Of course not everyone in Harlem can afford the pricier restaurants and services, but Smith maintains that there is something for everyone. “I pray that there will always be places like Melba’s, Sylvia’s and Corner Social where you can get a meal for $30. You will also see more places like Minton’s where the prix fixe menu is a $90 four-course meal. Do you need to do that every night? No, but you shouldn’t have to go downtown to do something fabulous and chic,” said Smith.
“Harlem is now really kind of experiencing its second renaissance,” Richard Parsons, former CEO of Time Warner, said in a recent interview with New York Magazine,. “It’s coming up after a long winter’s sleep. But this time it’s different. The renaissance of the twenties was intellectual. This is a commercial one.”
Parsons, an African-American man, is the current owner of Harlem’s new Cecil restaurant and the renovated jazz club Minton’s. Minton’s is in part a gentrification project, but also a labor of preservation. The club originally dates back to the birth of bee bop jazz, and is seen as its space of origination.
Brian Washington Palmer, owner of the restaurant Native, a Harlem locals’ favorite, noted the relationship between eateries and different types of development. “The retail follows the bars and restaurants. That in turn creates a more walkable environment and people get to ‘discover’ different options in the neighborhood,” said Palmer, who will be closing Native and opening La Bodega 47 Social Club in mid-December at the same Harlem location. La Bodega 47 Social Club will be a lounge that focuses more on appetizers and cocktails than meals as Native did.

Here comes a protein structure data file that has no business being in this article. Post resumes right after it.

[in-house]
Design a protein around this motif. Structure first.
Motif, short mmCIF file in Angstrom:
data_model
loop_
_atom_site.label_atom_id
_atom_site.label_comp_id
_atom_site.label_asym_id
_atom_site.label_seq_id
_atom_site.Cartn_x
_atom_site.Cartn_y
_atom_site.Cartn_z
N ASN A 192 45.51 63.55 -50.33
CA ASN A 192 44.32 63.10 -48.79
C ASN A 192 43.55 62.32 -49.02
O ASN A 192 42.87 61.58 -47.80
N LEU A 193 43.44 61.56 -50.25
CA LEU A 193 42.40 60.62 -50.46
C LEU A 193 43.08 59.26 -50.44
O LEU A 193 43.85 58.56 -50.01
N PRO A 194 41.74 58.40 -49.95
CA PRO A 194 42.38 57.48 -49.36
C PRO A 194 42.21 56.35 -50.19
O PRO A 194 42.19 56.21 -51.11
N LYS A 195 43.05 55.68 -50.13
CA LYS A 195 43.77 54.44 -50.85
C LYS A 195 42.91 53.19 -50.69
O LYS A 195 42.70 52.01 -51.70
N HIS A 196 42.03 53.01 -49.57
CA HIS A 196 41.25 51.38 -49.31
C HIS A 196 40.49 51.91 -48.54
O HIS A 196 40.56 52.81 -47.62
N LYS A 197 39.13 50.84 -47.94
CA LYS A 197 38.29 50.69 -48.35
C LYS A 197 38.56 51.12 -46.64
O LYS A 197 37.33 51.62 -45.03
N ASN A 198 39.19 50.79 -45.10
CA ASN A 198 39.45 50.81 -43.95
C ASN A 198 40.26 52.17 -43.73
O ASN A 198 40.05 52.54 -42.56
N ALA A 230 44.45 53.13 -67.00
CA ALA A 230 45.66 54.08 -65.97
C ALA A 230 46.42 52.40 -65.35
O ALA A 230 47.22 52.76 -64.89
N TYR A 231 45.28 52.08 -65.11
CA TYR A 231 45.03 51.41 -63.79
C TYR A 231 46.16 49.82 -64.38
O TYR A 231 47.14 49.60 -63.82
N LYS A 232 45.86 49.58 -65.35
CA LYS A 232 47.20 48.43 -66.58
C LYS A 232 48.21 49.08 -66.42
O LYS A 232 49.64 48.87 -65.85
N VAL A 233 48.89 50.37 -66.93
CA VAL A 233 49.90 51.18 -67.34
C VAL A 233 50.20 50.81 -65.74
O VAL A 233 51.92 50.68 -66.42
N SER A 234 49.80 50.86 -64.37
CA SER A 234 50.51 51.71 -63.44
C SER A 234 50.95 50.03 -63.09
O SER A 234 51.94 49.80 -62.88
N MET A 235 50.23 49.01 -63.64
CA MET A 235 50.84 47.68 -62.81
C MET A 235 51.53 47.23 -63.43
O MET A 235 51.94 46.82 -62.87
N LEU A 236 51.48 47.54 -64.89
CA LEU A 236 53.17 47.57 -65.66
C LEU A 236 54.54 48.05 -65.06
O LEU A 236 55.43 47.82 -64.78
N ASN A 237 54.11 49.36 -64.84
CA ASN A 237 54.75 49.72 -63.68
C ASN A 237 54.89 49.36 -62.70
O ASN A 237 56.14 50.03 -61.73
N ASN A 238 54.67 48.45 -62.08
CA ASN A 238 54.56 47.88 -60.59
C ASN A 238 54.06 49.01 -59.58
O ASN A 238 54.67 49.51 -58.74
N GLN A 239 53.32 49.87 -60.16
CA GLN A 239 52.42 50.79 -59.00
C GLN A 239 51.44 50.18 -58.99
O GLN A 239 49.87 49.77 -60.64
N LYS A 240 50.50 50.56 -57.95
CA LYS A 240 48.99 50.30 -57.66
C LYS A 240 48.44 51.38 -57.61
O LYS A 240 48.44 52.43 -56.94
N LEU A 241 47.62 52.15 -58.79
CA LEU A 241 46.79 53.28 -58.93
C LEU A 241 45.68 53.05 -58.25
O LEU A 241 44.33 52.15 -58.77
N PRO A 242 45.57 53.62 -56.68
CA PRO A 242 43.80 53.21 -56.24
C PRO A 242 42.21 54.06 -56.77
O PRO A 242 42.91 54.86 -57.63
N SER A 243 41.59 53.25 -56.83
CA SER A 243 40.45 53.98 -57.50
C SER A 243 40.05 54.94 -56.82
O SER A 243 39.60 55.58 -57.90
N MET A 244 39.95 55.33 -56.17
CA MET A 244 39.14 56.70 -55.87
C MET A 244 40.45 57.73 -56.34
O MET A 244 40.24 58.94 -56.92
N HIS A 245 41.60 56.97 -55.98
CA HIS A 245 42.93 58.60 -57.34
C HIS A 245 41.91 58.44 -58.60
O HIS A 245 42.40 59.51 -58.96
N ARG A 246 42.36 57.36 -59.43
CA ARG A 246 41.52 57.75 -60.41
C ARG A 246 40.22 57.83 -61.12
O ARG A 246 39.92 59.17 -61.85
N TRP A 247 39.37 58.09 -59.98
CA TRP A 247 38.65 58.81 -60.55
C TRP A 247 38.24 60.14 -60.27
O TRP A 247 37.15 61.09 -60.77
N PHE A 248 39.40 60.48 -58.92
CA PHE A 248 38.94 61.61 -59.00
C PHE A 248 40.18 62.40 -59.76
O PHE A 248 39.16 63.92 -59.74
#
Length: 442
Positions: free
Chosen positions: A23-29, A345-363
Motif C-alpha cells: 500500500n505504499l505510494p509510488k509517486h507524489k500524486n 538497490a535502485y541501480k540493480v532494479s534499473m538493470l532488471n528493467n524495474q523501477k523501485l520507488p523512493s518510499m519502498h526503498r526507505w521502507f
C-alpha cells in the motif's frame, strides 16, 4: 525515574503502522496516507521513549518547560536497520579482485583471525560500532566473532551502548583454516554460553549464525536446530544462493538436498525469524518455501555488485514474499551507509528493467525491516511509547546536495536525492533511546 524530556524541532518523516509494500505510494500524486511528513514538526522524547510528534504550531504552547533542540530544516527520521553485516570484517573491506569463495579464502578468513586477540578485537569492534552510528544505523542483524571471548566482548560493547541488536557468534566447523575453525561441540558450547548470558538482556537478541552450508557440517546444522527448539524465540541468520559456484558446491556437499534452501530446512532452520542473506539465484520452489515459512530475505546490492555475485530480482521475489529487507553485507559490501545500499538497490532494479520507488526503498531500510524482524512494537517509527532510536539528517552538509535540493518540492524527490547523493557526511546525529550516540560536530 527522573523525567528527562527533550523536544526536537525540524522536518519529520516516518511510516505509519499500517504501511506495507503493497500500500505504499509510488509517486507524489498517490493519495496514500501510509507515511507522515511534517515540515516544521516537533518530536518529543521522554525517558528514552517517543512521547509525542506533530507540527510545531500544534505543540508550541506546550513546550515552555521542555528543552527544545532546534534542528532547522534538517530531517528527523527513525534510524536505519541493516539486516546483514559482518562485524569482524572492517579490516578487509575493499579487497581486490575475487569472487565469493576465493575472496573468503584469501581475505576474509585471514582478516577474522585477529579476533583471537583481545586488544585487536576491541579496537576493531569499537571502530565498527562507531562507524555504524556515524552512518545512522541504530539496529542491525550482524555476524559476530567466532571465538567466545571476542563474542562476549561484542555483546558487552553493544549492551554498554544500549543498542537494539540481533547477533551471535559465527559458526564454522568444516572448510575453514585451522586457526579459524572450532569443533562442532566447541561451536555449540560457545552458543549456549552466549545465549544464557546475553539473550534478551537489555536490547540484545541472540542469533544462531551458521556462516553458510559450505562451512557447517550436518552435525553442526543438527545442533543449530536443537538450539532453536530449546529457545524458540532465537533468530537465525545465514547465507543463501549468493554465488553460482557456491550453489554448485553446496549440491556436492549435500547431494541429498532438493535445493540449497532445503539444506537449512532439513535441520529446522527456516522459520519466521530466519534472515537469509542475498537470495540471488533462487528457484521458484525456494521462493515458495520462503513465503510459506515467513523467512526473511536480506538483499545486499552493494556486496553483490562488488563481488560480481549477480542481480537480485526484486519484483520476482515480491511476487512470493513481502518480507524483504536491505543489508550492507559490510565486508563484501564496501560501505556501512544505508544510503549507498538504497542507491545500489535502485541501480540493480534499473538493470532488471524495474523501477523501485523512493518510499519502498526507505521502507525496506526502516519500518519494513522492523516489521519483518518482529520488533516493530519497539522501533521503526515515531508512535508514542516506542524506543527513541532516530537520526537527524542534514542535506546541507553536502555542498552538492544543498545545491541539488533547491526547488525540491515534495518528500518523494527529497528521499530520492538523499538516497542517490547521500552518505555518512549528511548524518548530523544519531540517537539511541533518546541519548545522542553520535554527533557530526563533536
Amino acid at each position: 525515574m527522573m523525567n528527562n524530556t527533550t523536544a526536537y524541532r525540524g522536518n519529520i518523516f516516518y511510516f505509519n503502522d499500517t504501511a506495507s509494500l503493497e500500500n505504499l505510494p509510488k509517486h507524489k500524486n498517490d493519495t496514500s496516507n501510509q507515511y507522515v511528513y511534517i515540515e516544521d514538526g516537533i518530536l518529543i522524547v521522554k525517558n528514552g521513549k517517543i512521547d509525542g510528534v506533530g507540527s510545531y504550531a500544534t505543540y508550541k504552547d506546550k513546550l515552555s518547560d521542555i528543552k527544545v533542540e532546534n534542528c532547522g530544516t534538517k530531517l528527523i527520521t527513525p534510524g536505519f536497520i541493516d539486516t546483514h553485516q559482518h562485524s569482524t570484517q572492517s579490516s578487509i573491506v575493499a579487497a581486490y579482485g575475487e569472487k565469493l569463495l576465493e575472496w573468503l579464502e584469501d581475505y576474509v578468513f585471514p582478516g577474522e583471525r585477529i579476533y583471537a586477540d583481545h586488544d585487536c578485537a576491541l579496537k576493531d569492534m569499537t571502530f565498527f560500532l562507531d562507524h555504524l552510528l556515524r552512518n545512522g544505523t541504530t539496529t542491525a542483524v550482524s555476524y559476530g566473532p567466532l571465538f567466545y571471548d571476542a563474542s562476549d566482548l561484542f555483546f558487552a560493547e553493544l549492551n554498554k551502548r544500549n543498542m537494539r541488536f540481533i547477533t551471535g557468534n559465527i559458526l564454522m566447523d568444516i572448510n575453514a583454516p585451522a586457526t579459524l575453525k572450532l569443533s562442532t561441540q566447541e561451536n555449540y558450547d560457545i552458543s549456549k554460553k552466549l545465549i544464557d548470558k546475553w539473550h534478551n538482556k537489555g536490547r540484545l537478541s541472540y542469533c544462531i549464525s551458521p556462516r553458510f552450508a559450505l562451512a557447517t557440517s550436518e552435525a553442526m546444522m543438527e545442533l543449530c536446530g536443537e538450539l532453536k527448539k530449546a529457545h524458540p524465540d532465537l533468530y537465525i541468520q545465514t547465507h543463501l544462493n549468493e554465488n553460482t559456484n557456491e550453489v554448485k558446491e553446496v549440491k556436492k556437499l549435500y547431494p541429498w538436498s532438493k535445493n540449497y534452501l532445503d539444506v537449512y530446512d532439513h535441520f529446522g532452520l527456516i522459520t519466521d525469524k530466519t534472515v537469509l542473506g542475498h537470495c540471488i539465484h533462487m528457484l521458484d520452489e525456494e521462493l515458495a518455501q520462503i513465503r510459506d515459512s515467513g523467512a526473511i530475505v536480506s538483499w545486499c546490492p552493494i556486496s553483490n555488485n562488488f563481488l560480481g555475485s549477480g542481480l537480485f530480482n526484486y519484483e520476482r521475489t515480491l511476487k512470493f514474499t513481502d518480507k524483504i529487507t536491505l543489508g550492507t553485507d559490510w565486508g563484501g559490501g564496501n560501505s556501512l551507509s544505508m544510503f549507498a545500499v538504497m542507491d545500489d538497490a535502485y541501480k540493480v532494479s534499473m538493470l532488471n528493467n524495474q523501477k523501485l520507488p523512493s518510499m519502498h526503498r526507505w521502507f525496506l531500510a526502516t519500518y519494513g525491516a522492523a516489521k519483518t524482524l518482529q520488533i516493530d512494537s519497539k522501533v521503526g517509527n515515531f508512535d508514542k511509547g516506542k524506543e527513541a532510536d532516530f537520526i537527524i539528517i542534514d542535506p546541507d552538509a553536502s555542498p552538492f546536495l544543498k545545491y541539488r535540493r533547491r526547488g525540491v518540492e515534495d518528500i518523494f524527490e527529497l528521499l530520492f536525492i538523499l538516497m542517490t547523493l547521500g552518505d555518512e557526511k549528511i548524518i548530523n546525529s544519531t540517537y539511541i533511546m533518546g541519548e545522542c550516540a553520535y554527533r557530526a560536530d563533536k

A cultural revolution garners interest
Food and drink are not the only ways that communities like Harlem have seen a re-awakening. Dr. Khalil Muhammad, director of the Schomburg Center for Research in Black Culture, has been capitalizing on the renewed interest in Harlem to revive audiences for the repository of black history it houses.
“All cultural institutions have a responsibility to help to shape and define a community,” Dr. Muhammad told theGrio. “They are critical to connecting people to something more than the space they live in and shop in.”
Community-friendly programs have helped to triple the Schomburg’s number of visitors since 2009. A hip-hop education think tank, an exhibition on Africans in India and a summer youth program are just some of the initiatives that have been attracting an increasing number of largely multi-cultural visitors.
“We hold the leading archives of the global black experience — Latin America, Africa, the Caribbean and beyond. Black people have helped make this world as inclusive, fair and just as possible. We want to continue to share that story and protect that legacy,” added Dr. Muhammad.
Blacks also displacing Harlemites
Yes, Harlem is becoming more chic and culturally stimulating due to an array of influences powered by monied African-Americans. Yet, restaurants and related entertainments there are still a very big business — and surprisingly political in their operation. “Forty-four percent of the businesses that are part of Harlem Park to Park are in the food and drink industry,” said Hendricks.